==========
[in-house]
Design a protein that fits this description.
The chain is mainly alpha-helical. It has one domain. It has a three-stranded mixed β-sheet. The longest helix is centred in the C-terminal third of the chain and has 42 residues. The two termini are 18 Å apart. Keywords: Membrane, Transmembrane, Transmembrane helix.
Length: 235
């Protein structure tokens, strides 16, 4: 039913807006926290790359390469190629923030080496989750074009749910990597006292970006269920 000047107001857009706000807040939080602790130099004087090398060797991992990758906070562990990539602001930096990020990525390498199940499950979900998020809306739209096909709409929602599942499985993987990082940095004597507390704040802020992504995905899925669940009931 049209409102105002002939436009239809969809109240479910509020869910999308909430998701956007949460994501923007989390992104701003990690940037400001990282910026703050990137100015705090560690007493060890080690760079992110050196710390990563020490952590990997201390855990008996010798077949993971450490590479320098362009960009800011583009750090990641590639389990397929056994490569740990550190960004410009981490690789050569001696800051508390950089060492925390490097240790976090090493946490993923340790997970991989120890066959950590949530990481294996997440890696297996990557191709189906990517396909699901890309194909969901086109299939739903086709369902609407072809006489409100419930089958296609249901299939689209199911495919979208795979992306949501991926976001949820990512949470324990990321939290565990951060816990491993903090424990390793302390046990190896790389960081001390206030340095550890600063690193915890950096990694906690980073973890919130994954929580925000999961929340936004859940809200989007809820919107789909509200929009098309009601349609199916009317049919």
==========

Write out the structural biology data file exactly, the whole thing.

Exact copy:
[in-house]
Design a protein that fits this description.
The chain is mainly alpha-helical. It has one domain. It has a three-stranded mixed β-sheet. The longest helix is centred in the C-terminal third of the chain and has 42 residues. The two termini are 18 Å apart. Keywords: Membrane, Transmembrane, Transmembrane helix.
Length: 235
């Protein structure tokens, strides 16, 4: 039913807006926290790359390469190629923030080496989750074009749910990597006292970006269920 000047107001857009706000807040939080602790130099004087090398060797991992990758906070562990990539602001930096990020990525390498199940499950979900998020809306739209096909709409929602599942499985993987990082940095004597507390704040802020992504995905899925669940009931 049209409102105002002939436009239809969809109240479910509020869910999308909430998701956007949460994501923007989390992104701003990690940037400001990282910026703050990137100015705090560690007493060890080690760079992110050196710390990563020490952590990997201390855990008996010798077949993971450490590479320098362009960009800011583009750090990641590639389990397929056994490569740990550190960004410009981490690789050569001696800051508390950089060492925390490097240790976090090493946490993923340790997970991989120890066959950590949530990481294996997440890696297996990557191709189906990517396909699901890309194909969901086109299939739903086709369902609407072809006489409100419930089958296609249901299939689209199911495919979208795979992306949501991926976001949820990512949470324990990321939290565990951060816990491993903090424990390793302390046990190896790389960081001390206030340095550890600063690193915890950096990694906690980073973890919130994954929580925000999961929340936004859940809200989007809820919107789909509200929009098309009601349609199916009317049919």